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Words too perfect to translate

Sometimes English doesn't cut it.

Fall in love with these words without English equivalents.

When something is unbearingly cute

Want a word for that shivery, teeth-gritting thrill when you just have to lay your hands on something overwhelmingly cute? Filipinos have you covered. Gigil is an untranslatable word for cuteness overload.

A soft caress through your hair

It's hard to think of something more soothing than someone lovingly running their fingers through your hair. Brazilians call this cafuné.

A witty retort too little too late

The Germans call it treppenwitz when you think of a clever come back but it's too late to say it.

Coffee shop dwellers

You know those folks who sit for hours at a coffee shop barely buying anything? The French call them seigneur-terraces.

A name for that lonely pile of books

Ever buy a new book only to pile it on the other unread books you've bought? The Japanese call that tsundoku.

When you can't help but enjoy others' troubles

Schadenfreude is the German word for the oft-kept-secret enjoyment that comes from seeing or hearing about other people's troubles.

The attempt to revive an unworkable relationship

The Italians call this cavoli riscaldati, or reheated cabbage.

Sunlight dancing on leaves

Komorebi is a Japanese name for the interplay between sunlight and leaves when the sun shines through the trees.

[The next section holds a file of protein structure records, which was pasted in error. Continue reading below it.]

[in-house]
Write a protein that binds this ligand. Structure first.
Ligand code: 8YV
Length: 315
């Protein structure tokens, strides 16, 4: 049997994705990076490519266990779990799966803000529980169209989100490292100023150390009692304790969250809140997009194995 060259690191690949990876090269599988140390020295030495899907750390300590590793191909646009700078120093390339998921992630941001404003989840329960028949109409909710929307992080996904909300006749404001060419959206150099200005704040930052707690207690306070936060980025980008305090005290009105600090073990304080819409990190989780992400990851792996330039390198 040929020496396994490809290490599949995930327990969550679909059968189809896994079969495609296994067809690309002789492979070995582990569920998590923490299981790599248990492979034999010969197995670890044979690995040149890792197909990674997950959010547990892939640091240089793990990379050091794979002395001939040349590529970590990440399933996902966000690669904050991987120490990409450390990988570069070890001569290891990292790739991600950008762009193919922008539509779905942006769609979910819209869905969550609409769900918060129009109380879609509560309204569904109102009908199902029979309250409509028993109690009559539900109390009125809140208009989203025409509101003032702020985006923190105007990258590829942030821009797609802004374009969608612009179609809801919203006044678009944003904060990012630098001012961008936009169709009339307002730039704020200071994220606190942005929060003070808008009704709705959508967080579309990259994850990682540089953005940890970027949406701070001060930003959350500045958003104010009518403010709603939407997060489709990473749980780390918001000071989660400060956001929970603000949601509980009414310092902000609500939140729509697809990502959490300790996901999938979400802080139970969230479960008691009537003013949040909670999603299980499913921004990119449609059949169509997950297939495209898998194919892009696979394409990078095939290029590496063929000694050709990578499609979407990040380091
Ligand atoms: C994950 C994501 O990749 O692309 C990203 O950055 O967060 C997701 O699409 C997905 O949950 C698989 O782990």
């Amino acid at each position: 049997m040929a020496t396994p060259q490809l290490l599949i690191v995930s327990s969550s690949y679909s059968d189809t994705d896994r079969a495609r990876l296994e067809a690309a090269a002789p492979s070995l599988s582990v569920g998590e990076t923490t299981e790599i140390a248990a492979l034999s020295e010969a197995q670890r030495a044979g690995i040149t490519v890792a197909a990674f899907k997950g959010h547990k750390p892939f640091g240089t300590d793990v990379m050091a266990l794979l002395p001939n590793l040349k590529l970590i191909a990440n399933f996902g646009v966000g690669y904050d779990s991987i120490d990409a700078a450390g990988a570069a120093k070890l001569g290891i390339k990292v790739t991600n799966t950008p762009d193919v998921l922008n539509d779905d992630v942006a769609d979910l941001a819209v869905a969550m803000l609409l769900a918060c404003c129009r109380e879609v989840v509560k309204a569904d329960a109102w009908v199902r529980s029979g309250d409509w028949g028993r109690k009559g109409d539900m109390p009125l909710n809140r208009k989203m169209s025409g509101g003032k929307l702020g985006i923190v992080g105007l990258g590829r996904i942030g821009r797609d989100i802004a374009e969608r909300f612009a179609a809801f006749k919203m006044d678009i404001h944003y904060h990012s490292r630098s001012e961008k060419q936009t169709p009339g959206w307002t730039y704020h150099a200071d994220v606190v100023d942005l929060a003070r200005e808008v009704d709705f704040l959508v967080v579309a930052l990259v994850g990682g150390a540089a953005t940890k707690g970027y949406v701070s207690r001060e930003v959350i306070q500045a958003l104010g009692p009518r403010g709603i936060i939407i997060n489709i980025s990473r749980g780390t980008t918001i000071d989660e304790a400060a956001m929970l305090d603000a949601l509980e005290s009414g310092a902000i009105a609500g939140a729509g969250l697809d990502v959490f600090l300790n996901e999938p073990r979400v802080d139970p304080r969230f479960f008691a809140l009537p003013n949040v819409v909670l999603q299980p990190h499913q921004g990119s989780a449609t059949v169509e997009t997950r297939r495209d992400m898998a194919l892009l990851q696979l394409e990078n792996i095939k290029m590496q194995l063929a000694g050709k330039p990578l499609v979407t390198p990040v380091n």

The opposite of a nightmare

Not just a dream but an AMAZING dream. In Bantu, they call this bilita mpash.

That travel buddy stuck carrying everyone else's bags

You know those people who are left carrying all the bags on the trip? The Germans call them packesel.

The moon's road-like reflection on water

Mangata, a Swedish word for when the moon's reflection seems to paint a glimmering road on the water.

A premonition of love

When you first meet someone and you get the sense that you are inevitably going to fall in love; the Japanese call this koi no yokan.

The perfect middle ground

Think like Goldilocks; not too little, not too much, but just right. Lagom is both a Swedish lifestyle and state of mind that carries notions of balance and moderation to find joy.

The time between the office and bed

That bit of free time after work, before you go to bed. The Germans call it feierabend.

Finding beauty in imperfections

Sometimes beauty lives in imperfections. The Japanese concept of wabi-sabi centers on the acceptance of transience and imperfection as beautiful in themselves.

Why limit ourselves to English, after all?


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